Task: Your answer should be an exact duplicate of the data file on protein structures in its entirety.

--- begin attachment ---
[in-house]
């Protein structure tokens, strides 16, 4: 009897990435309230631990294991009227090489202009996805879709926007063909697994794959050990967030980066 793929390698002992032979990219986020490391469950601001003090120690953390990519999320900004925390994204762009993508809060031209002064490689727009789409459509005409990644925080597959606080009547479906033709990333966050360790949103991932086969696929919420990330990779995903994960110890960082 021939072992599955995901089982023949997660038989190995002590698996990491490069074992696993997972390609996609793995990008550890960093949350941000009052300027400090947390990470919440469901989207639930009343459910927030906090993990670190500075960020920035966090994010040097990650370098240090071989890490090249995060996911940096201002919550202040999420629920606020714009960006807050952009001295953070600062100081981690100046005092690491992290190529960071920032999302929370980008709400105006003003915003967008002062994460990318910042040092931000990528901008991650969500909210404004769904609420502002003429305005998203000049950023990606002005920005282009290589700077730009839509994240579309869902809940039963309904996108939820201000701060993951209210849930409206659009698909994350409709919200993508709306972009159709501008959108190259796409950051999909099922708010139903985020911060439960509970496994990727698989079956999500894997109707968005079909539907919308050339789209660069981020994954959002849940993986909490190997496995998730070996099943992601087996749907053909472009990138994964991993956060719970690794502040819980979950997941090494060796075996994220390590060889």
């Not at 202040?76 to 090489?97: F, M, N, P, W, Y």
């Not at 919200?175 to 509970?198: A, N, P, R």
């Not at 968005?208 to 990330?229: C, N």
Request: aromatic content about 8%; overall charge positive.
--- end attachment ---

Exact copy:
[in-house]
């Protein structure tokens, strides 16, 4: 009897990435309230631990294991009227090489202009996805879709926007063909697994794959050990967030980066 793929390698002992032979990219986020490391469950601001003090120690953390990519999320900004925390994204762009993508809060031209002064490689727009789409459509005409990644925080597959606080009547479906033709990333966050360790949103991932086969696929919420990330990779995903994960110890960082 021939072992599955995901089982023949997660038989190995002590698996990491490069074992696993997972390609996609793995990008550890960093949350941000009052300027400090947390990470919440469901989207639930009343459910927030906090993990670190500075960020920035966090994010040097990650370098240090071989890490090249995060996911940096201002919550202040999420629920606020714009960006807050952009001295953070600062100081981690100046005092690491992290190529960071920032999302929370980008709400105006003003915003967008002062994460990318910042040092931000990528901008991650969500909210404004769904609420502002003429305005998203000049950023990606002005920005282009290589700077730009839509994240579309869902809940039963309904996108939820201000701060993951209210849930409206659009698909994350409709919200993508709306972009159709501008959108190259796409950051999909099922708010139903985020911060439960509970496994990727698989079956999500894997109707968005079909539907919308050339789209660069981020994954959002849940993986909490190997496995998730070996099943992601087996749907053909472009990138994964991993956060719970690794502040819980979950997941090494060796075996994220390590060889």
């Not at 202040?76 to 090489?97: F, M, N, P, W, Y």
């Not at 919200?175 to 509970?198: A, N, P, R």
């Not at 968005?208 to 990330?229: C, N």
Request: aromatic content about 8%; overall charge positive.